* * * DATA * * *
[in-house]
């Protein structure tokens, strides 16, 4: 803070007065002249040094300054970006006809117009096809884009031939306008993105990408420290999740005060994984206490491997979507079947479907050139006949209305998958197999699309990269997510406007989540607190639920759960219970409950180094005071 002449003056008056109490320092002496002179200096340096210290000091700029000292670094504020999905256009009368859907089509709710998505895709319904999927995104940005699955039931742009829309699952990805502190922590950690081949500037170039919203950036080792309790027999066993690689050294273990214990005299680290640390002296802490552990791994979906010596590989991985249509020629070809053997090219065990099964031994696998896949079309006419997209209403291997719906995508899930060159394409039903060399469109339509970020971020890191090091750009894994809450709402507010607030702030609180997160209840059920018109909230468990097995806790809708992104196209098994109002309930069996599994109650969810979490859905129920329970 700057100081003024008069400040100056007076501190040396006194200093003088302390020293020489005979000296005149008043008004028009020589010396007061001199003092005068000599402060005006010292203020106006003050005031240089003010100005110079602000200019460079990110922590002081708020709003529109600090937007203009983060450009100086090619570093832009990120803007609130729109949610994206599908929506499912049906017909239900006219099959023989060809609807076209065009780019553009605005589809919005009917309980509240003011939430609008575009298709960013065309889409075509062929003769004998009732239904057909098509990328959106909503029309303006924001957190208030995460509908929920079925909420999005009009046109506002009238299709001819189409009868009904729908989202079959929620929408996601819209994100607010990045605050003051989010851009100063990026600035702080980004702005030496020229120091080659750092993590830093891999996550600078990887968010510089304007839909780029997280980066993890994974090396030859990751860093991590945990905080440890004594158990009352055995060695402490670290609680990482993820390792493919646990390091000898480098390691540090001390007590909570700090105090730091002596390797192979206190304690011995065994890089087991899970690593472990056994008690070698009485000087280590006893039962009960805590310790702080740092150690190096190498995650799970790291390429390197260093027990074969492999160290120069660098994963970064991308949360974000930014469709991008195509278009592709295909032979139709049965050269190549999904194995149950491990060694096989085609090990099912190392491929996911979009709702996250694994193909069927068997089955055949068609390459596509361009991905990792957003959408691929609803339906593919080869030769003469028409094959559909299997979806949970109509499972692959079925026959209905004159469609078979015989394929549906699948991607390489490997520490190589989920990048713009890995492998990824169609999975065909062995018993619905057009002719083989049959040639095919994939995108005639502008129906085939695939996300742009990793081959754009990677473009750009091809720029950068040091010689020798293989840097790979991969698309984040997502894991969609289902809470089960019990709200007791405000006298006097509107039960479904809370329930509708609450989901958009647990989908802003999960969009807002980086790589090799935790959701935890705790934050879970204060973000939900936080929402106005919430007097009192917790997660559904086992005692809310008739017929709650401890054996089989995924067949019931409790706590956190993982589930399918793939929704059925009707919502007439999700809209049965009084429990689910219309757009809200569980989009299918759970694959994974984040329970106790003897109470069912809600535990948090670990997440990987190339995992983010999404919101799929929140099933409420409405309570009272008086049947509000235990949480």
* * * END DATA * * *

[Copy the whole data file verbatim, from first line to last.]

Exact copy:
[in-house]
């Protein structure tokens, strides 16, 4: 803070007065002249040094300054970006006809117009096809884009031939306008993105990408420290999740005060994984206490491997979507079947479907050139006949209305998958197999699309990269997510406007989540607190639920759960219970409950180094005071 002449003056008056109490320092002496002179200096340096210290000091700029000292670094504020999905256009009368859907089509709710998505895709319904999927995104940005699955039931742009829309699952990805502190922590950690081949500037170039919203950036080792309790027999066993690689050294273990214990005299680290640390002296802490552990791994979906010596590989991985249509020629070809053997090219065990099964031994696998896949079309006419997209209403291997719906995508899930060159394409039903060399469109339509970020971020890191090091750009894994809450709402507010607030702030609180997160209840059920018109909230468990097995806790809708992104196209098994109002309930069996599994109650969810979490859905129920329970 700057100081003024008069400040100056007076501190040396006194200093003088302390020293020489005979000296005149008043008004028009020589010396007061001199003092005068000599402060005006010292203020106006003050005031240089003010100005110079602000200019460079990110922590002081708020709003529109600090937007203009983060450009100086090619570093832009990120803007609130729109949610994206599908929506499912049906017909239900006219099959023989060809609807076209065009780019553009605005589809919005009917309980509240003011939430609008575009298709960013065309889409075509062929003769004998009732239904057909098509990328959106909503029309303006924001957190208030995460509908929920079925909420999005009009046109506002009238299709001819189409009868009904729908989202079959929620929408996601819209994100607010990045605050003051989010851009100063990026600035702080980004702005030496020229120091080659750092993590830093891999996550600078990887968010510089304007839909780029997280980066993890994974090396030859990751860093991590945990905080440890004594158990009352055995060695402490670290609680990482993820390792493919646990390091000898480098390691540090001390007590909570700090105090730091002596390797192979206190304690011995065994890089087991899970690593472990056994008690070698009485000087280590006893039962009960805590310790702080740092150690190096190498995650799970790291390429390197260093027990074969492999160290120069660098994963970064991308949360974000930014469709991008195509278009592709295909032979139709049965050269190549999904194995149950491990060694096989085609090990099912190392491929996911979009709702996250694994193909069927068997089955055949068609390459596509361009991905990792957003959408691929609803339906593919080869030769003469028409094959559909299997979806949970109509499972692959079925026959209905004159469609078979015989394929549906699948991607390489490997520490190589989920990048713009890995492998990824169609999975065909062995018993619905057009002719083989049959040639095919994939995108005639502008129906085939695939996300742009990793081959754009990677473009750009091809720029950068040091010689020798293989840097790979991969698309984040997502894991969609289902809470089960019990709200007791405000006298006097509107039960479904809370329930509708609450989901958009647990989908802003999960969009807002980086790589090799935790959701935890705790934050879970204060973000939900936080929402106005919430007097009192917790997660559904086992005692809310008739017929709650401890054996089989995924067949019931409790706590956190993982589930399918793939929704059925009707919502007439999700809209049965009084429990689910219309757009809200569980989009299918759970694959994974984040329970106790003897109470069912809600535990948090670990997440990987190339995992983010999404919101799929929140099933409420409405309570009272008086049947509000235990949480």